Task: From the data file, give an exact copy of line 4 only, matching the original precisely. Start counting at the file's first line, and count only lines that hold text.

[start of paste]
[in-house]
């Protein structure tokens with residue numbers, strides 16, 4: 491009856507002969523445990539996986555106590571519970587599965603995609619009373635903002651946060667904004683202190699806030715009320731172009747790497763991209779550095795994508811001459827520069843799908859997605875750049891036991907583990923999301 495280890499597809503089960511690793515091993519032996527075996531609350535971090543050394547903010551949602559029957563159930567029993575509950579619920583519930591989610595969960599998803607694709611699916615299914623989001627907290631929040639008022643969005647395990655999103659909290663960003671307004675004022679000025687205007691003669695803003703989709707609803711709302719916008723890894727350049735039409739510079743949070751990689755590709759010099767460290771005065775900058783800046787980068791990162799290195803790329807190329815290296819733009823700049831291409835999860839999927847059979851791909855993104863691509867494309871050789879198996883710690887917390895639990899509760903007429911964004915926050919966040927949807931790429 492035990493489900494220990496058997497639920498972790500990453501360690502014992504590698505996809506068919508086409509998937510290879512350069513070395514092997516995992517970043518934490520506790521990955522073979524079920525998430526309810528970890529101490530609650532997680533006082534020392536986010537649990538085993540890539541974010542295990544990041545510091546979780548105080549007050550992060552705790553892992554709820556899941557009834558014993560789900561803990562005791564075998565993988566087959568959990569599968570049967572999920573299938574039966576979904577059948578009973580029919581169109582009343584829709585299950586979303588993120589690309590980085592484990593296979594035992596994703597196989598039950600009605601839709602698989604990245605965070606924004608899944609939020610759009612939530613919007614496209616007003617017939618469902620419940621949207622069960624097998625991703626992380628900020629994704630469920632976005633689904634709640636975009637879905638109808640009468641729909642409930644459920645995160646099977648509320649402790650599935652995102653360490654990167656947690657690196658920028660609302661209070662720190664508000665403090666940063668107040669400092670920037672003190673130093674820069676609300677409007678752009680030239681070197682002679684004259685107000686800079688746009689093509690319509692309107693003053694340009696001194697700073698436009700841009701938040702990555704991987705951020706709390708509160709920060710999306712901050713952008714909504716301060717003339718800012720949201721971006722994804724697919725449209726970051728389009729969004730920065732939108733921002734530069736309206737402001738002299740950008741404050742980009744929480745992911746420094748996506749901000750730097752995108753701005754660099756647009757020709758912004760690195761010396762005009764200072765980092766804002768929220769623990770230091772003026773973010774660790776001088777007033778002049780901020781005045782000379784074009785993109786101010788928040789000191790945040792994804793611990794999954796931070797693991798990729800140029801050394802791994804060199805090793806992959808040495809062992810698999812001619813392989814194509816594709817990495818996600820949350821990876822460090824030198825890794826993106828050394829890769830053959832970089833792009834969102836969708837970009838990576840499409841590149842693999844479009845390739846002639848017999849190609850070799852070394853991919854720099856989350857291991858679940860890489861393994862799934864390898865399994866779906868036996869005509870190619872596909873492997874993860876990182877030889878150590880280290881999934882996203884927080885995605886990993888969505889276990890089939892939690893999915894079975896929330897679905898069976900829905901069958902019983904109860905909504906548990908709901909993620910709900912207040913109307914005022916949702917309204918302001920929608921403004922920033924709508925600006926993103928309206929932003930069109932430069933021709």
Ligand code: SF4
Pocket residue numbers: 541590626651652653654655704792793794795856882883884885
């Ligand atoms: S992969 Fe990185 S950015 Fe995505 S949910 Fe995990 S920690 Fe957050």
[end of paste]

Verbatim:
Pocket residue numbers: 541590626651652653654655704792793794795856882883884885